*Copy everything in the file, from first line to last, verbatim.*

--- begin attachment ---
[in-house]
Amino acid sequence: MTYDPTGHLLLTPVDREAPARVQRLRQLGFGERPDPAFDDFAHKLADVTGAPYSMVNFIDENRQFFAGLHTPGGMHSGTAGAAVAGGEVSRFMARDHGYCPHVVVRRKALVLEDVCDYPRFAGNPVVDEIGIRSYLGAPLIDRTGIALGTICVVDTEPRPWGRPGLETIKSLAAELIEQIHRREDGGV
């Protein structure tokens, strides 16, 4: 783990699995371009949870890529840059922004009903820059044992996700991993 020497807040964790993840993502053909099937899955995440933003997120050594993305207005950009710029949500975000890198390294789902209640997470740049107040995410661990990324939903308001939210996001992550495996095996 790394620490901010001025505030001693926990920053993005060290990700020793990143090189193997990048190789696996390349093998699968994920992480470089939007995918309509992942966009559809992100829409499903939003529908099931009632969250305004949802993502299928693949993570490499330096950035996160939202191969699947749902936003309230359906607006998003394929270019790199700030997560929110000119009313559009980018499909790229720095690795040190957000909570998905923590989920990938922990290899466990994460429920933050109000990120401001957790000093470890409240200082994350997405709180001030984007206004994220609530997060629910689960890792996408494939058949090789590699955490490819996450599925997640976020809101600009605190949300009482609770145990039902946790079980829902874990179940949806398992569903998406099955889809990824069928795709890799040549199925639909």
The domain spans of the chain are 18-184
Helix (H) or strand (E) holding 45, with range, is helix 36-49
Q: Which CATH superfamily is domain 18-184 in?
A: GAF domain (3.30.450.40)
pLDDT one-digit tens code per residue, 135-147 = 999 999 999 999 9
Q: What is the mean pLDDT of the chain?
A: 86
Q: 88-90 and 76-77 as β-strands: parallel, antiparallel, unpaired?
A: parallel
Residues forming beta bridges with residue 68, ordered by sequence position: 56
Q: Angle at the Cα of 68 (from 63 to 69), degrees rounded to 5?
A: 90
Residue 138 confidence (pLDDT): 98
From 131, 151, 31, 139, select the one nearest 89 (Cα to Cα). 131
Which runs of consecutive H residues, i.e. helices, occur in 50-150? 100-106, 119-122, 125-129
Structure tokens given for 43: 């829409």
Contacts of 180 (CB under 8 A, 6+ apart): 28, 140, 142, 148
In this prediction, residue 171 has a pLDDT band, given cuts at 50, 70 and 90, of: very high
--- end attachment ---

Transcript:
[in-house]
Amino acid sequence: MTYDPTGHLLLTPVDREAPARVQRLRQLGFGERPDPAFDDFAHKLADVTGAPYSMVNFIDENRQFFAGLHTPGGMHSGTAGAAVAGGEVSRFMARDHGYCPHVVVRRKALVLEDVCDYPRFAGNPVVDEIGIRSYLGAPLIDRTGIALGTICVVDTEPRPWGRPGLETIKSLAAELIEQIHRREDGGV
């Protein structure tokens, strides 16, 4: 783990699995371009949870890529840059922004009903820059044992996700991993 020497807040964790993840993502053909099937899955995440933003997120050594993305207005950009710029949500975000890198390294789902209640997470740049107040995410661990990324939903308001939210996001992550495996095996 790394620490901010001025505030001693926990920053993005060290990700020793990143090189193997990048190789696996390349093998699968994920992480470089939007995918309509992942966009559809992100829409499903939003529908099931009632969250305004949802993502299928693949993570490499330096950035996160939202191969699947749902936003309230359906607006998003394929270019790199700030997560929110000119009313559009980018499909790229720095690795040190957000909570998905923590989920990938922990290899466990994460429920933050109000990120401001957790000093470890409240200082994350997405709180001030984007206004994220609530997060629910689960890792996408494939058949090789590699955490490819996450599925997640976020809101600009605190949300009482609770145990039902946790079980829902874990179940949806398992569903998406099955889809990824069928795709890799040549199925639909």
The domain spans of the chain are 18-184
Helix (H) or strand (E) holding 45, with range, is helix 36-49
Q: Which CATH superfamily is domain 18-184 in?
A: GAF domain (3.30.450.40)
pLDDT one-digit tens code per residue, 135-147 = 999 999 999 999 9
Q: What is the mean pLDDT of the chain?
A: 86
Q: 88-90 and 76-77 as β-strands: parallel, antiparallel, unpaired?
A: parallel
Residues forming beta bridges with residue 68, ordered by sequence position: 56
Q: Angle at the Cα of 68 (from 63 to 69), degrees rounded to 5?
A: 90
Residue 138 confidence (pLDDT): 98
From 131, 151, 31, 139, select the one nearest 89 (Cα to Cα). 131
Which runs of consecutive H residues, i.e. helices, occur in 50-150? 100-106, 119-122, 125-129
Structure tokens given for 43: 């829409």
Contacts of 180 (CB under 8 A, 6+ apart): 28, 140, 142, 148
In this prediction, residue 171 has a pLDDT band, given cuts at 50, 70 and 90, of: very high